These examples are night and day, but clearly show media’s objective. It seems as if no one wants to hear positive aspects about an unfairly murdered black man’s past.

49ers’ case tests new NFL policy


San Francisco 49ers defensive lineman Ray McDonald has been arrested on felony domestic violence charges following an incident at his 30th birthday party late on the night of Aug, 31.

McDonald allegedly assaulted his 10-week pregnant fiancé, leaving bruises on her neck and arms.

This incident occurred just three days after NFL Commissioner Roger Goodell modified The league’s personal conduct policy. The new policy carries a six-game suspension without pay for first-time domestic violence offenses and a life-time ban from the NFL for second offenses.

The policy also states that length of suspensions may be increased in the following cases: if the employee was involved in a prior incident before joining the NFL; violence involving a weapon; choking, repeated striking, or when the act is committed against a pregnant woman; or in the presence of a child.

If found guilty, McDonald could face even harsher punishments since his victim was pregnant. He is due in court Sept. 15. This is just one of several scandals in the NFL right now, as the Ray Rice video recently surfaced and star running back Adrian Peterson is  accused of child abuse in Texas.

Media exposes Ray Rice scandal


Social media play a huge role in the lives of everyone today. More importantly, when a breaking news story is released, it is almost impossible to not hear of it on Facebook, Twitter or any similar social media outlet, while everyone gives out their own opinions.

This is why social media played a key role in the termination of a football player’s contract and indefinite suspension from the NFL.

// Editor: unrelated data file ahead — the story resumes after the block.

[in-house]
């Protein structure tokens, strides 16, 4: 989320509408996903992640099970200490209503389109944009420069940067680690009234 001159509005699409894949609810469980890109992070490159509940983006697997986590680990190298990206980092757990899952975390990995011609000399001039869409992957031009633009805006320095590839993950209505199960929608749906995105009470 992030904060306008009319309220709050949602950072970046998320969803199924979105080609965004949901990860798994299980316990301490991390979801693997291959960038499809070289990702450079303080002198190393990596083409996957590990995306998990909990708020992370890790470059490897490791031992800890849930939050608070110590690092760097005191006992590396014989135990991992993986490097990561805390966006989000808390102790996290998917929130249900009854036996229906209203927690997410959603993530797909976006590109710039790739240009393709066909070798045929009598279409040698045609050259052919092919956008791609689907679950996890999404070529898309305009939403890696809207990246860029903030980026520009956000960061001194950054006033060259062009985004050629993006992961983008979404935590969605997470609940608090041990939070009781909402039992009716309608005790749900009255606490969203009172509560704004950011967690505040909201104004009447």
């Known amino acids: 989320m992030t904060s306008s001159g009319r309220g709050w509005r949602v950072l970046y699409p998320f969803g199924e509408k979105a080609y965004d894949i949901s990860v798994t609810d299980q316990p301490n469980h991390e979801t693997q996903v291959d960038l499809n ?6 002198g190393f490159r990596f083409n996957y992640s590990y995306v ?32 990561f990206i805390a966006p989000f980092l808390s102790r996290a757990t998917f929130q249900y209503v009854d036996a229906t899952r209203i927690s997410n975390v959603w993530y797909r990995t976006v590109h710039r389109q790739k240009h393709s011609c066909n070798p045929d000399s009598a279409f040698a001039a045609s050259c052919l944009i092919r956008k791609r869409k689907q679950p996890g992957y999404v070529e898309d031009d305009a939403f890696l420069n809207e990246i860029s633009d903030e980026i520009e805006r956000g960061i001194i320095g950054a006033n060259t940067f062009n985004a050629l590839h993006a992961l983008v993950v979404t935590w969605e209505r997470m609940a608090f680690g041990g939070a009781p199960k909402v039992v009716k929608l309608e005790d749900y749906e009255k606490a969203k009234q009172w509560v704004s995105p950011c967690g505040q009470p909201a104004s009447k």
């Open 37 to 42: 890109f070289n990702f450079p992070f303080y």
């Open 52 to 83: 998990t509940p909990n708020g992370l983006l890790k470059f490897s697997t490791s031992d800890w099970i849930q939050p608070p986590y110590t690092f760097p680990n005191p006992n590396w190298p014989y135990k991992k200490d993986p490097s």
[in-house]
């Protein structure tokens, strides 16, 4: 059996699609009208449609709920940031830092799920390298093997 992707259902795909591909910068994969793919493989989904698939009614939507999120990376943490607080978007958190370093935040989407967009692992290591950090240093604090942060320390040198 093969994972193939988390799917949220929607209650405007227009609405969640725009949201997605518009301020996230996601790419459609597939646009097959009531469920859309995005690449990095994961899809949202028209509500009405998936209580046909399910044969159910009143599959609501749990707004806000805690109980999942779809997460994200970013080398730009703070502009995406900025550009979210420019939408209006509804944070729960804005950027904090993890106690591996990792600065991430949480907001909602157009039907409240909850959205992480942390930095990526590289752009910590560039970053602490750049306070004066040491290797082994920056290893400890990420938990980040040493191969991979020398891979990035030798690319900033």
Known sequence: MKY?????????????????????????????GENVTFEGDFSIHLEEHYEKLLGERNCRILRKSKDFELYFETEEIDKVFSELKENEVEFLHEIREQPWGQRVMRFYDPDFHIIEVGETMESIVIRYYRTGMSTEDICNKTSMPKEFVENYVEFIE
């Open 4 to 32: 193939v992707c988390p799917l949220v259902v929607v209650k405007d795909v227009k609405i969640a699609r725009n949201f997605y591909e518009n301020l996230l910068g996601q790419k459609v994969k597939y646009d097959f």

Ray Rice was caught on camera dragging his unconscious fiancee out of a casino elevator way back in February. So why did it take almost seven months to give him a punishment fit for his horrifying act?

When the first video was released and widely covered by news and sports media, there was public shock, but of a relatively small scale. People were disgusted, but forgot about it in due time, and Rice only suffered a two-game suspension.

It wasn’t until TMZ released a second video, making the attack more visual, that the NFL and Ravens alike stepped up Rice’s punishment.

What is the difference between the release of the two videos? Public backlash.

After the release of the first video, it was a trending story for no more than a few days, quick to be forgotten in a league where crimes like this aren’t that foreign. However, it has been a week since the second was released, and new developments in the story are coming out everyday.

The public became so outraged, it took to social media, making this story a trending topic on Twitter and Facebook for over a week. In a society where the average internet user’s attention span is minimal, this was a long time. The public influence concerning this story was strong enough to end a man’s career, and make NFL reconsider policies.

It is clear the effect social media and the public’s opinion had on this Ray Rice situation. What is not clear, however, is the reason why it took this high level of intensely bad publicity to make the NFL take appropriate measures in the punishment.

Although social media is a blessing, allowing powerful entities like the NFL to hear the voices of the public, it should not have been the driving force to ultimately force the NFL to suspend Rice indefinitely.